Herbs

MAY
2
2015

FILED UNDER

Homegrown Herbs

Fresh herbs are easy to grow and can make all the difference between a good dish and an extraordinary dish! Once you begin to use fresh herbs in your favorite recipes, you'll never want go back to using just dried herbs again. Chefs know that fresh food is always best and fresh herbs are no exception.

Here are our favorite herbs to create the basic kitchen garden. Of course, this is just a start, there are many others to experiment with in your garden that will add bold flavor. A herb garden can be as simple as having a pot just outside your kitchen door or a group of planters in your window sill or even an extensive garden planted outside. No matter the size, cooking with herbs can be fun and you can’t make a mistake - so be creative and savor the flavor.

Basil - With lots of varieties to choose from, this king of the herbs offers something for every palette. While the taste of sweet basil is bright and pungent, other varieties also offer unique tastes that are true to their name like: lemon basil, anise basil and cinnamon basil.

Parsley - Use this herb for the mild flavor it adds to a savory dish and for the coloring it adds as a garnish.

Sage - This is a must-have herb for seasoning any poultry dish. It has a slight peppery flavor and is best used on meats in a marinade but is also good in stuffing and sauces. We also love Pineapple Sage which is great in pitchers of water to offer flavor.

Rosemary - Rosemary is best used to season fish and seafood products, but it is also a great seasoning for grilled meats, lamb and potatoes. Try Barbeque Rosemary to use as skewers on the grill.... a real crowd pleaser!

Thyme - This is the basic herb used in dishes from all over the world including French, Italian, Indian, Greek and Spanish cuisines. Use thyme on lamb, meats, poultry, soups and stews.

Oregano - This classic culinary herb is one of the most commonly used herbs worldwide. Use in Italian, Greek and Mexican cooking. The flavor is strong enough to stand up to bold flavors like tomatoes, onion, garlic, and beef. We love the Hot & Spicy Oregano in pasta sauces.

Dill - This easy to grow herb is a member of the parsley family. Cut often to keep producing. Dill pairs well with fish and is used for pickling, to flavor salads and in soups.

Mint - Is a beautiful herb that has one of the most recognizable aromas. Spearmint and peppermint are the most popular types of mint, but more unusual varieties like Mint Chocolate are available. Use in drinks, or simply gather a small bunch to offer aroma for a room.

APRIL
13
2015

FILED UNDER

How Sweet It Is

SWEET BASIL

Get your herb garden growing with one of our favorite herbs, Sweet Basil. This garden classic is known for its flavor and fragrance. With big leaves that are fast growing, anyone can produce a homegrown harvest. Basil needs about 6-8 hours of full sunlight to produce and can benefit from a little bit of afternoon shade. If grown in containers, it will definitely need watering as it likes moist, well drained soil. Dry soil will stunt the growth of this plant. The large leaves of this plant, are vibrant green. Sweet Basil is the main ingredient for classic Italian Pesto, but it is great in pastas, on pizzas and even in lemonade.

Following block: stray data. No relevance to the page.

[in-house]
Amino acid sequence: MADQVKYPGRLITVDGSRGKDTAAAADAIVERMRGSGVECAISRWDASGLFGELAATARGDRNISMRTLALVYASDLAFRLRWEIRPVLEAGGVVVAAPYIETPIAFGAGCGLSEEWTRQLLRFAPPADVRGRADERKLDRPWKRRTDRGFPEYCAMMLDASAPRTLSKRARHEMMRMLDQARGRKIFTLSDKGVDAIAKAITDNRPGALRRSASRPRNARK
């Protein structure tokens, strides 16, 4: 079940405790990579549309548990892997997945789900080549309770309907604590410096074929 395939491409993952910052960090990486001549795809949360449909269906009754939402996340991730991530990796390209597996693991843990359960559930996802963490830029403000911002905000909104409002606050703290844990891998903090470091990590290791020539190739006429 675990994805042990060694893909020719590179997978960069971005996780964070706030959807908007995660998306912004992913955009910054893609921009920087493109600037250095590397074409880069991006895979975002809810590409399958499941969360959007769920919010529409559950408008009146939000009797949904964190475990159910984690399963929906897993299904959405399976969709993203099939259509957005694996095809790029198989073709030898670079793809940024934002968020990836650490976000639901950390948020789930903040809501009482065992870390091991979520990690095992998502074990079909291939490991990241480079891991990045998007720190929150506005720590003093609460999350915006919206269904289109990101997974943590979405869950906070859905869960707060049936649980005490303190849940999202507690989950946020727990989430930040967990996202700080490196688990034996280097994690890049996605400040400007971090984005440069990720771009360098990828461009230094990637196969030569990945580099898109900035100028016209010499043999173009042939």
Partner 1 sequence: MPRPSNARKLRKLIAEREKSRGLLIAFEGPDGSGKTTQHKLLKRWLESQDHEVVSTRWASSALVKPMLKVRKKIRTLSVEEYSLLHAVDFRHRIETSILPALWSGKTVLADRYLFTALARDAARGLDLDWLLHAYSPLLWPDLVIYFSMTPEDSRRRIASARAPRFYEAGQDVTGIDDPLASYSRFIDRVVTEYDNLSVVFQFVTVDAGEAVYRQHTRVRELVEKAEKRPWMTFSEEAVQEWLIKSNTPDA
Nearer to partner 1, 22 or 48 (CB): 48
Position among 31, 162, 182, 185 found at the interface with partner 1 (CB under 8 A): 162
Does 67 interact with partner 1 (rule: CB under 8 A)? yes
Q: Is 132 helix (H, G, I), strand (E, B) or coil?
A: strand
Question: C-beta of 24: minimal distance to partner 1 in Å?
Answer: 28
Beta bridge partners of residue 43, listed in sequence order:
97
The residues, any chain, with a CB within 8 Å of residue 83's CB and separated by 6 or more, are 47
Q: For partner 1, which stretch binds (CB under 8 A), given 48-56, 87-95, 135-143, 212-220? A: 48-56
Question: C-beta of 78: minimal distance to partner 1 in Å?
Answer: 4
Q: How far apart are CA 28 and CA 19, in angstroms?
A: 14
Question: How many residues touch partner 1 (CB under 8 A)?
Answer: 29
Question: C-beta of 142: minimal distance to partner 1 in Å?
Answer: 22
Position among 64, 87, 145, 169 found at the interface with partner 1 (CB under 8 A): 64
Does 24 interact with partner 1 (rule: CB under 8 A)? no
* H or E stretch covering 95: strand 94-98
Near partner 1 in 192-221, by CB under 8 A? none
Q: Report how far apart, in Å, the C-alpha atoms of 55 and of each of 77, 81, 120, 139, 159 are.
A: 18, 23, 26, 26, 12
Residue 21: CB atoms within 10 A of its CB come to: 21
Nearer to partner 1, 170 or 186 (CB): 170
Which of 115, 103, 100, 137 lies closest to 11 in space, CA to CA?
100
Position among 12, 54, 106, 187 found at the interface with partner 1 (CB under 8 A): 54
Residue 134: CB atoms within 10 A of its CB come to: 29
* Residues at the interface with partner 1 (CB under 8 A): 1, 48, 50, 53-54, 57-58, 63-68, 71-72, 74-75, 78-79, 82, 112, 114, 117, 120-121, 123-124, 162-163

TIP: You'll want to prevent basil from blooming, by either harvesting the leaves or pinching off the top sets of leaves. Once the basil plant sets flowers, the leaves will lessen in flavor. So, our rule of thumb don’t’ be afraid to cut and use this tasty herb.

SEPTEMBER
30
2014

Fabulous Fall Herbs

ORGANIC HERB COMBO: Parsley, Sage, Rosemary, Thyme and Violas

Decorate naturally with a pot of fresh herbs that's just as tasty as it is attractive! This mix of fall herbs and violas is the perfect addition to your home with pretty foliage, flowers and functional herbs. This collection of herbs can be harvested for months and will add great flavor to your dishes.

Parsley is a bright green annual herb available in both flat leaf and curly leaf varieties. Flat leaf parsley is used frequently as a garnish on potato dishes, on rice dishes or with fish, chicken and lamb. Curley leaf is most often used as a garnish. This herb offers the mild flavor it adds to savory dishes.

Sage comes in lots of varieties including garden, golden, blue, pineapple, tri-color and clary - all of which can be used in cooking. Sage is a must in stuffing for poultry. Roast it with pork; add to butter and sauté chicken along with it. Sage also goes well in egg and cheese dishes. Try a little crumbled dry sage over a bowl of black-eyed peas. Dried leaves will keep their flavor for years.

Rosemary, one of the oldest herbs known to man is an evergreen perennial and a culinary must-have. Rosemary is ideal for spicing up pork and poultry dishes and is also used to flavor butter, oils and vinegars.

Thyme, a low growing evergreen herb extensively used in French cuisine. Thyme is the perfect compliment to veal, lamb, beef, poultry, fish, stuffing, stews, soups, sauces, stock, herb butters, flavored vinegars, beans, lentils, potatoes, tomatoes, cheese, onions, cucumbers, carrots, eggplant, leeks, mushrooms, eggs, and rice. Whew, yep... there's no shortage of ways to use this herb!

Violas are primarily cool season bloomers and are perfect additions to fall plantings that last through early spring. Violas are available in wide range of colors and look similar to pansies - they just have a smaller flower than pansies. The flowers may be used to decorate salads or used in stuffings for poultry or fish. Soufflés, cream, and similar desserts can be flavored with essence of viola flowers. The strong perfume of some varieties will add sweetness to desserts, fruit salads, and teas.

AUGUST
11
2014

FILED UNDER

Get this look!

DO-IT-YOURSELF KITCHEN HERB GARDEN

Growing your own herbs is easy and rewarding. And, just because we are knocking on fall’s door doesn't mean you can have to give up fresh herbs for cooking. Fresh herbs are easy to grow indoors and as many chefs know, can mean the difference between a good dish and an extraordinary dish! Once you begin to use fresh herbs in your favorite recipes, you'll never want go back to using just dried herbs again. Try an growing an indoor herb garden to keep your favorite herbs right at your fingertips.